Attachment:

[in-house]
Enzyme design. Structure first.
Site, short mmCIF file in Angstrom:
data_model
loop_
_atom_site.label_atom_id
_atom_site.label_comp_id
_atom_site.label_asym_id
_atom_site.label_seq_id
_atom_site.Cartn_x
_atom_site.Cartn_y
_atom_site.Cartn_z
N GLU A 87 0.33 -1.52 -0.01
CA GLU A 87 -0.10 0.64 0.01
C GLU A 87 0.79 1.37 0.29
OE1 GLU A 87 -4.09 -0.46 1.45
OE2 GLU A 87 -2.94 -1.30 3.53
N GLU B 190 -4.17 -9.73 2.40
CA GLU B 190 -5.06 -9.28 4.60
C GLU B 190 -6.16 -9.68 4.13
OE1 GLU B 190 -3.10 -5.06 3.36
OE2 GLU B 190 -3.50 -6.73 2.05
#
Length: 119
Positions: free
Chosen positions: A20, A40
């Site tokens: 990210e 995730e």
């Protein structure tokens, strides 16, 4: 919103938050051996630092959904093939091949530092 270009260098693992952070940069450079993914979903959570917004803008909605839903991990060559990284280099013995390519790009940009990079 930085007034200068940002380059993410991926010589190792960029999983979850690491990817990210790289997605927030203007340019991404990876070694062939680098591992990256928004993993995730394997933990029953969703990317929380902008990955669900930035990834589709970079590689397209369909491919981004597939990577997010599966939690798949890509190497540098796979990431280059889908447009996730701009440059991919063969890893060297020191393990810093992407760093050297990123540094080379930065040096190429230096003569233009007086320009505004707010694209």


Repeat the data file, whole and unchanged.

[in-house]
Enzyme design. Structure first.
Site, short mmCIF file in Angstrom:
data_model
loop_
_atom_site.label_atom_id
_atom_site.label_comp_id
_atom_site.label_asym_id
_atom_site.label_seq_id
_atom_site.Cartn_x
_atom_site.Cartn_y
_atom_site.Cartn_z
N GLU A 87 0.33 -1.52 -0.01
CA GLU A 87 -0.10 0.64 0.01
C GLU A 87 0.79 1.37 0.29
OE1 GLU A 87 -4.09 -0.46 1.45
OE2 GLU A 87 -2.94 -1.30 3.53
N GLU B 190 -4.17 -9.73 2.40
CA GLU B 190 -5.06 -9.28 4.60
C GLU B 190 -6.16 -9.68 4.13
OE1 GLU B 190 -3.10 -5.06 3.36
OE2 GLU B 190 -3.50 -6.73 2.05
#
Length: 119
Positions: free
Chosen positions: A20, A40
């Site tokens: 990210e 995730e």
């Protein structure tokens, strides 16, 4: 919103938050051996630092959904093939091949530092 270009260098693992952070940069450079993914979903959570917004803008909605839903991990060559990284280099013995390519790009940009990079 930085007034200068940002380059993410991926010589190792960029999983979850690491990817990210790289997605927030203007340019991404990876070694062939680098591992990256928004993993995730394997933990029953969703990317929380902008990955669900930035990834589709970079590689397209369909491919981004597939990577997010599966939690798949890509190497540098796979990431280059889908447009996730701009440059991919063969890893060297020191393990810093992407760093050297990123540094080379930065040096190429230096003569233009007086320009505004707010694209």